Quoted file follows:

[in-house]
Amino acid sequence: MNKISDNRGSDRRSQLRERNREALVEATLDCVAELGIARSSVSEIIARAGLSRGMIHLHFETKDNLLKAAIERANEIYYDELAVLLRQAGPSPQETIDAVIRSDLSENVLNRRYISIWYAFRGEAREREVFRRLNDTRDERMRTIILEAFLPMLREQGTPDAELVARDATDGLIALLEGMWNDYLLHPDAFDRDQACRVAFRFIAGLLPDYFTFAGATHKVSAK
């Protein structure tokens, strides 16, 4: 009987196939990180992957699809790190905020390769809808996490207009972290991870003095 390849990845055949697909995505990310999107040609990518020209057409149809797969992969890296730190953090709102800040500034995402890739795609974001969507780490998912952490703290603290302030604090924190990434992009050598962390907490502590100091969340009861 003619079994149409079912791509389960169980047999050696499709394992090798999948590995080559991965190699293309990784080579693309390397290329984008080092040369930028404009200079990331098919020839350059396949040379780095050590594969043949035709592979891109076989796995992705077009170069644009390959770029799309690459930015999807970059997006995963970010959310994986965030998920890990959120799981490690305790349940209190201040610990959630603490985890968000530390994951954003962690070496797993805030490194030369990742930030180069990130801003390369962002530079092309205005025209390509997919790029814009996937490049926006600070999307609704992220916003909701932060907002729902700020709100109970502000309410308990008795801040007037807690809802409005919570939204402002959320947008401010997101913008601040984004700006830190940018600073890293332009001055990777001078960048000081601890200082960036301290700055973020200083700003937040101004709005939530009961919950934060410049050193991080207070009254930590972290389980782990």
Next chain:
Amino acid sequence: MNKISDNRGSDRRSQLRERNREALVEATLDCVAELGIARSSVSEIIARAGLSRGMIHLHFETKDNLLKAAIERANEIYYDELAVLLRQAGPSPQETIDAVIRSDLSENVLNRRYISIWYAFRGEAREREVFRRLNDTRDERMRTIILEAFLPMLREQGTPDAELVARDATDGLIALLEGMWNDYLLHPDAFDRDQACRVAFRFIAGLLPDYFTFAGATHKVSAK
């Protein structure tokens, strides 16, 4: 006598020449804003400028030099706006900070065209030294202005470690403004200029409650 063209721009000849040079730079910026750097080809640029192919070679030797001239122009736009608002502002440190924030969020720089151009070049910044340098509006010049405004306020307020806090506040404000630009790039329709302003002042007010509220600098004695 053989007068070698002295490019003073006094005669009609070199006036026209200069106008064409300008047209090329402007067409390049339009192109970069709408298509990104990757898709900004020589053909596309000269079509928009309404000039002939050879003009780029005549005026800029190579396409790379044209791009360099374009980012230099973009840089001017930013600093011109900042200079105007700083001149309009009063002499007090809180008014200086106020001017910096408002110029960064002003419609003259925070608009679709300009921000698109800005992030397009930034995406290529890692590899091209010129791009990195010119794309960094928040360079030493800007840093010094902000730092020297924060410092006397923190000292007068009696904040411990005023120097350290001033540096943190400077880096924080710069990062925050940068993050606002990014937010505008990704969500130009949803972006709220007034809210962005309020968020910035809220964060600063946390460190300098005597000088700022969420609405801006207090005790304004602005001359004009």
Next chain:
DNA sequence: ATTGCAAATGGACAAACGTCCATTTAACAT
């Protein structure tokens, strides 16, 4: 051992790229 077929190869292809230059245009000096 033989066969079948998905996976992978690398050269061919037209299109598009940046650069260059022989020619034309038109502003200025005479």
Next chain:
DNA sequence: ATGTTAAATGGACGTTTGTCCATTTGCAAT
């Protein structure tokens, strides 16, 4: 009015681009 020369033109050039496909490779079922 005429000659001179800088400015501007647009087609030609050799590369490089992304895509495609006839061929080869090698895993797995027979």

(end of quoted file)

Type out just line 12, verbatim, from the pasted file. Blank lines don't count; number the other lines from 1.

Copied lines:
């Protein structure tokens, strides 16, 4: 009015681009 020369033109050039496909490779079922 005429000659001179800088400015501007647009087609030609050799590369490089992304895509495609006839061929080869090698895993797995027979």